Modifying: Bluetooth 8-Track Adapter

Ever since I installed an 8-track player in my 1984 Cougar—on purpose!—I've been disappointed in a few things. Sure, 8-tracks are generally horrible to deal with in the first place, and then there's that issue of 7 watts pumping through 4 lackluster speakers. But I sought to compensate for these with an adapter to play my digitally-compiled music through the radio via other means. I started off with the typical Kraco 8-track-to-cassette adapter. And inside that, I put a cassette-to-MP3 adapter. And then plugged the cord into my iPod or phone. The result? Horrid, horrid degradation of sound. Along with an unspecified warbling sound. And the fact that I needed to lug around TWO adapters. There had to be a better way.

I found a few videos on YouTube concerning homemade 8-track adapters. Most involved gutting the 8-track and installing the innards of a cassette adapter, complete with wire running out of the body. While that's fine, I wanted something cleaner and higher-tech.

Enter: the world's first* Bluetooth 8-track adapter.

*I never found any evidence otherwise, so I'm a-claimin' it.

Bluetooth 8-Track Adapter

Left: So here we start with a typical 8-track. In this instance, I chose a generic, non-descript, recordable 8-track from K-Mart. Any old 8-track will work, though. This one was all black which worked better for my particular instance, as you'll see later.

Bluetooth 8-Track Adapter

Left: After popping off the top, time to gut the entire 8-track case. Nothing inside will be reused for this project. Also shown here is a gutted cassette adapter, and a gutted Bluetooth device, along with all the tools used to do this.

Bluetooth 8-Track Adapter

Left: With all the components gathered, it was time to solder all the connections. For the record, the Bluetooth board has a soldered-on battery; from there I soldered on the cassette adapter wire to the Bluetooth board. The extra triangular board next to the capstan was already in the cassette adapter, so I merely carried that over.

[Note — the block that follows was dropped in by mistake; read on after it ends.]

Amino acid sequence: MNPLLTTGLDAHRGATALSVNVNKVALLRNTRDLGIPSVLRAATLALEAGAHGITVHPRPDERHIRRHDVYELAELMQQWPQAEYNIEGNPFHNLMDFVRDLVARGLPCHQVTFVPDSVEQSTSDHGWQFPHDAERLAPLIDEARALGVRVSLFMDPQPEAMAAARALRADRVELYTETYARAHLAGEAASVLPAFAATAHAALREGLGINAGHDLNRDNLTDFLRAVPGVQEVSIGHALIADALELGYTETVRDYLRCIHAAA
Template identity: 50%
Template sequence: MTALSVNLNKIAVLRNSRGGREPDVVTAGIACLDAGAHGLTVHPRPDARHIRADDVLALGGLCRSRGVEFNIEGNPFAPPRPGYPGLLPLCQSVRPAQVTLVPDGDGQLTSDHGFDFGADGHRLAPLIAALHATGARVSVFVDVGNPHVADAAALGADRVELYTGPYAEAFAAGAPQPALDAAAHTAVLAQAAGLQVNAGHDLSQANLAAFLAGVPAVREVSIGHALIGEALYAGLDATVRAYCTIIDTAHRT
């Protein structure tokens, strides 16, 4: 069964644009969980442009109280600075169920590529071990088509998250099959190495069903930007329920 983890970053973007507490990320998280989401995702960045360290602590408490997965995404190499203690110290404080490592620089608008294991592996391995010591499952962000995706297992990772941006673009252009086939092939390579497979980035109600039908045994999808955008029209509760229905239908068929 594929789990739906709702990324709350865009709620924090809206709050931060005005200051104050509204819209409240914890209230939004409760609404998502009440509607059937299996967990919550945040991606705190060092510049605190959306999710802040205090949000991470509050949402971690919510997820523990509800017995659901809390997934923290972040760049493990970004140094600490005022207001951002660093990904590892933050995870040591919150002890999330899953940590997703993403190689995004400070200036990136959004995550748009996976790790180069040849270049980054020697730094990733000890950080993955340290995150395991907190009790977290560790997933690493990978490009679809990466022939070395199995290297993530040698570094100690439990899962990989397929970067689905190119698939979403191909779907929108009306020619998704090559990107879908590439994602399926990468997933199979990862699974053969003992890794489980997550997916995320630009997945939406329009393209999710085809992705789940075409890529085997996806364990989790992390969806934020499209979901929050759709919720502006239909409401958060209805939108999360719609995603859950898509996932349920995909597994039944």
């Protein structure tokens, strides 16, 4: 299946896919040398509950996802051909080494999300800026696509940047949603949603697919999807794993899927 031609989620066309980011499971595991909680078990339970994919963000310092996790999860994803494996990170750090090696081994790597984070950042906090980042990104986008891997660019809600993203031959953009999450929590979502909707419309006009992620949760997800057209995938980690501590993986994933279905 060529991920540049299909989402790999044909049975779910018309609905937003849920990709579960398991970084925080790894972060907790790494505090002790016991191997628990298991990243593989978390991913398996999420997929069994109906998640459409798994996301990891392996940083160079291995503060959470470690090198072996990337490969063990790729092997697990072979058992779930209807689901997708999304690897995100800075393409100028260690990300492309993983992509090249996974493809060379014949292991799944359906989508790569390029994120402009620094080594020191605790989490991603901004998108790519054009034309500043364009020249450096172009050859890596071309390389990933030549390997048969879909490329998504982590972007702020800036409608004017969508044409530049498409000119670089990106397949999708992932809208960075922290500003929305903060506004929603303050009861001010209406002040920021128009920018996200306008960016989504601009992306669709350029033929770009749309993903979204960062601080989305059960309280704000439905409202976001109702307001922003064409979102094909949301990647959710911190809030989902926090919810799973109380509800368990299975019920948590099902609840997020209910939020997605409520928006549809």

Bluetooth 8-Track Adapter

Left: There were some minor trimming and modifications necessary to make all the components fit into the 8-track case...

Bluetooth 8-Track Adapter

Left: ...but the end result is a very roomy, yet compact design. The extra wiring got spooled around an existing post. Yes, I could have shortened the wire a bit more, but I wanted to give myself extra wiring in case this needed to be redone in the future.

Bluetooth 8-Track Adapter

Left: So I popped the lid back on, and...yeah, it looks exactly like it did before starting. Which was, of course, the whole point.

Bluetooth 8-Track Adapter

Left: Ah, but a closer inspection shows the magic: here we have a 1/8" mini jack and a mini-USB port. The jack is for either input to, or output from, Bluetooth. I can choose to never use this, but it's nice to have, and it does work as advertised. The standard mini-USB port is needed to charge the Bluetooth module's battery. Since everything here is black in color, nothing stands out and it all blends together quite nicely.

Bluetooth 8-Track Adapter

Left: Underneath the peeling label is the on/off switch for the module. Very stealthy.

Bluetooth 8-Track Adapter

Left: A close-up of the capstan in place. It's amazing how the cassette head and the read head on an 8-track player are so similar. That made this job a lot easier.

So how does it sound, you ask?'s not bad. There is a low volume issue which is related to either the distance of the capstan to the 8-track player's read head, or it may be the Bluetooth module itself. But it does work, and I am able to wirelessly stream music from my phone to the adapter with ease. If I want to use my iPod instead, I can plug a 1/8" stereo adapter wire between it and the side of this adapter. Battery life is very good also, about 8-10 hours of continuous use.

Now those road trips in this car will be a little more bearable. And all of this from an early-1980s vintage 2-post radio! Gotta love technology.

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